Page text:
Caring for Italian Cypress Trees

The Italian Cypress is an “easy growing” tree that needs little intervention once it’s been in the ground for six months. You can cut off the top of the tree if you want a bushier look, but overall, this tree is picked for its tall column-like shape, so it looks best if you leave your pruning shears in the garden shed.

This tree isn’t fussy about soil. It grows equally well in clay, loam, or sandy soils. It also does not need routine fertilizing. Water your Italian Cypress if you have warm, dry, and windy weather during the winter in your area. It can dry out.

Mites become a problem if the tree dries out too much. Use insecticidal soap on a day when the temperature is forecast to be below 70 degrees to spray the mites. You can also help the tree by giving it extra water during dry weather periods. Occasionally, bagworms are a problem. The best way to take care of this pest is to pick off the bags. (They look like cocoons.)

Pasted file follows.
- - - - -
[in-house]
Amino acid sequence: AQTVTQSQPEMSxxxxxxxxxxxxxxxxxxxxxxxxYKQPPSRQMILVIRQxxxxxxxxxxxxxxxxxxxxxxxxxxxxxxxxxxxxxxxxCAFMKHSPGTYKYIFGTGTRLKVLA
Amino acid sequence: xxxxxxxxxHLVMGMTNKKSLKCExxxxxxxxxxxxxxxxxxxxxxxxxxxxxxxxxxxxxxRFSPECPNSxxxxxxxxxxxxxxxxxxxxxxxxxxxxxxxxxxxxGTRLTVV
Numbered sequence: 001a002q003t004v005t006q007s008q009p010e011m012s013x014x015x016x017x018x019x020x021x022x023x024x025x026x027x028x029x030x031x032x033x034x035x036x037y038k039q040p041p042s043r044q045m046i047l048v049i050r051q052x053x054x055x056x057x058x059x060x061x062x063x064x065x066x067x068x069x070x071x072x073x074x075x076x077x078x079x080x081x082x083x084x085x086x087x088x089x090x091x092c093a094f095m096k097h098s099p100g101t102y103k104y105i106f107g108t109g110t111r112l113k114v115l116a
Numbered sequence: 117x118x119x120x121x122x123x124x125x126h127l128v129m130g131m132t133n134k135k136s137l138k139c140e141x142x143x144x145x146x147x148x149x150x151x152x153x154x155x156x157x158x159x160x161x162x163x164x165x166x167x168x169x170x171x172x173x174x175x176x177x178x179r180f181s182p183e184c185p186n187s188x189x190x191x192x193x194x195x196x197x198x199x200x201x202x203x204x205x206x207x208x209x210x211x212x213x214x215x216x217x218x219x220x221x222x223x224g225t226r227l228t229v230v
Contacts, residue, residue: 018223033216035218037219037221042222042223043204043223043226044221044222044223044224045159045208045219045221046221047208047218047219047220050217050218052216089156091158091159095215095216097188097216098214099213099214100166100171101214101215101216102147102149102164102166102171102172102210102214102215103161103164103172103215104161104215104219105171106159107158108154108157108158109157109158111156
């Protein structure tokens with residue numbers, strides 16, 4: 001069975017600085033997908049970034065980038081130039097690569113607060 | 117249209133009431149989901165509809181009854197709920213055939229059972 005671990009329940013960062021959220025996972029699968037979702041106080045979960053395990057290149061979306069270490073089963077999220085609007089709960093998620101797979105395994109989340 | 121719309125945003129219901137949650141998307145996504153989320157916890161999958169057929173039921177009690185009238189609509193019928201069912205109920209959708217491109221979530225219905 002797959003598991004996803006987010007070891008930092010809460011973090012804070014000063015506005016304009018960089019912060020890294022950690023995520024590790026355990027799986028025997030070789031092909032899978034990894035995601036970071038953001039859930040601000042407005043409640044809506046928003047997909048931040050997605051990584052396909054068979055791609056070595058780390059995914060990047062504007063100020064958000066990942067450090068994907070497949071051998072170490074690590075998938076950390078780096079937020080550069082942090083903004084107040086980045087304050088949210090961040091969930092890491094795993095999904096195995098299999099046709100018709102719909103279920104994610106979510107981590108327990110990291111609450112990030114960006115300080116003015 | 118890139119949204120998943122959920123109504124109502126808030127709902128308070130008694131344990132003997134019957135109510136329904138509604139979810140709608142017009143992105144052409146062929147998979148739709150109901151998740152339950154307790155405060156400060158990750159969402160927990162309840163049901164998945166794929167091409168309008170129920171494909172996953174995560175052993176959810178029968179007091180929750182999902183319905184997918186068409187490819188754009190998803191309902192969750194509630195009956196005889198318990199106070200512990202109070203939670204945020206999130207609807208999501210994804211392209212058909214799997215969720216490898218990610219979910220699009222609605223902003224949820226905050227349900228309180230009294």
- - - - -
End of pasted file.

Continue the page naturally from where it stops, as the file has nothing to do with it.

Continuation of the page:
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Juniper Skyrocket

Juniper-SkyrocketCongratulations on the purchase of your Juniper Skyrocket.  You’ll find this majestic columnar evergreen to be easy to grow and maintain.  A drought tolerant specimen, it adapts well to a variety of soil conditions making it a versatile choice for landscapers throughout a diversity of regions.

Location:  Plant your Juniper Skyrocket in a location that receives partial sun, full sun if possible to promote faster growth.  Soil preference is not an issue with this variety, so long as the soil is not continuously wet.

Planting Instructions:

1.  Choose a location that gets six hours or more of direct sun each day.

2.  Dig the hole twice the width of the rootball and deep enough for the soil line around the        trunk of the tree so that it sits even with the surface of the surrounding ground.

3.  If the soil is clay and doesn’t drain well, place a layer of gravel at the base of the hole.            Next, mix in a large amount of gravel with the soil adding compost and mix it into the          soil you removed to dig the hole.